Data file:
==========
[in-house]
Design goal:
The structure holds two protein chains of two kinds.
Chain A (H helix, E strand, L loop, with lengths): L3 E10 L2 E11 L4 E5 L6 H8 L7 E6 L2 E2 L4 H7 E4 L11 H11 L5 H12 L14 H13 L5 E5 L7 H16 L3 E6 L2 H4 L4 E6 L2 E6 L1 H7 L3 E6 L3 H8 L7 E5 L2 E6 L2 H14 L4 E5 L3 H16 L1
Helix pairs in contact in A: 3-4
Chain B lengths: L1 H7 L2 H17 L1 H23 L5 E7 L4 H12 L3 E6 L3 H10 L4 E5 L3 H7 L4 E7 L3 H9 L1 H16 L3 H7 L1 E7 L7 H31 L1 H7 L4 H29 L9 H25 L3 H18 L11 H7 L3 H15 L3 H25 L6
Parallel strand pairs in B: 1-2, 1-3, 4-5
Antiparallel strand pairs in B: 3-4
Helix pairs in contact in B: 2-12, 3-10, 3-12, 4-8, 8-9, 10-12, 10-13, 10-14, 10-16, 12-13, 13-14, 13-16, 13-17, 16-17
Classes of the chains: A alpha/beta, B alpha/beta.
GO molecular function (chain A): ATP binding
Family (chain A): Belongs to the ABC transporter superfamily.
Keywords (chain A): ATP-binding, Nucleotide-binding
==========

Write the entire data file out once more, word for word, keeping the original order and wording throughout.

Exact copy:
[in-house]
Design goal:
The structure holds two protein chains of two kinds.
Chain A (H helix, E strand, L loop, with lengths): L3 E10 L2 E11 L4 E5 L6 H8 L7 E6 L2 E2 L4 H7 E4 L11 H11 L5 H12 L14 H13 L5 E5 L7 H16 L3 E6 L2 H4 L4 E6 L2 E6 L1 H7 L3 E6 L3 H8 L7 E5 L2 E6 L2 H14 L4 E5 L3 H16 L1
Helix pairs in contact in A: 3-4
Chain B lengths: L1 H7 L2 H17 L1 H23 L5 E7 L4 H12 L3 E6 L3 H10 L4 E5 L3 H7 L4 E7 L3 H9 L1 H16 L3 H7 L1 E7 L7 H31 L1 H7 L4 H29 L9 H25 L3 H18 L11 H7 L3 H15 L3 H25 L6
Parallel strand pairs in B: 1-2, 1-3, 4-5
Antiparallel strand pairs in B: 3-4
Helix pairs in contact in B: 2-12, 3-10, 3-12, 4-8, 8-9, 10-12, 10-13, 10-14, 10-16, 12-13, 13-14, 13-16, 13-17, 16-17
Classes of the chains: A alpha/beta, B alpha/beta.
GO molecular function (chain A): ATP binding
Family (chain A): Belongs to the ABC transporter superfamily.
Keywords (chain A): ATP-binding, Nucleotide-binding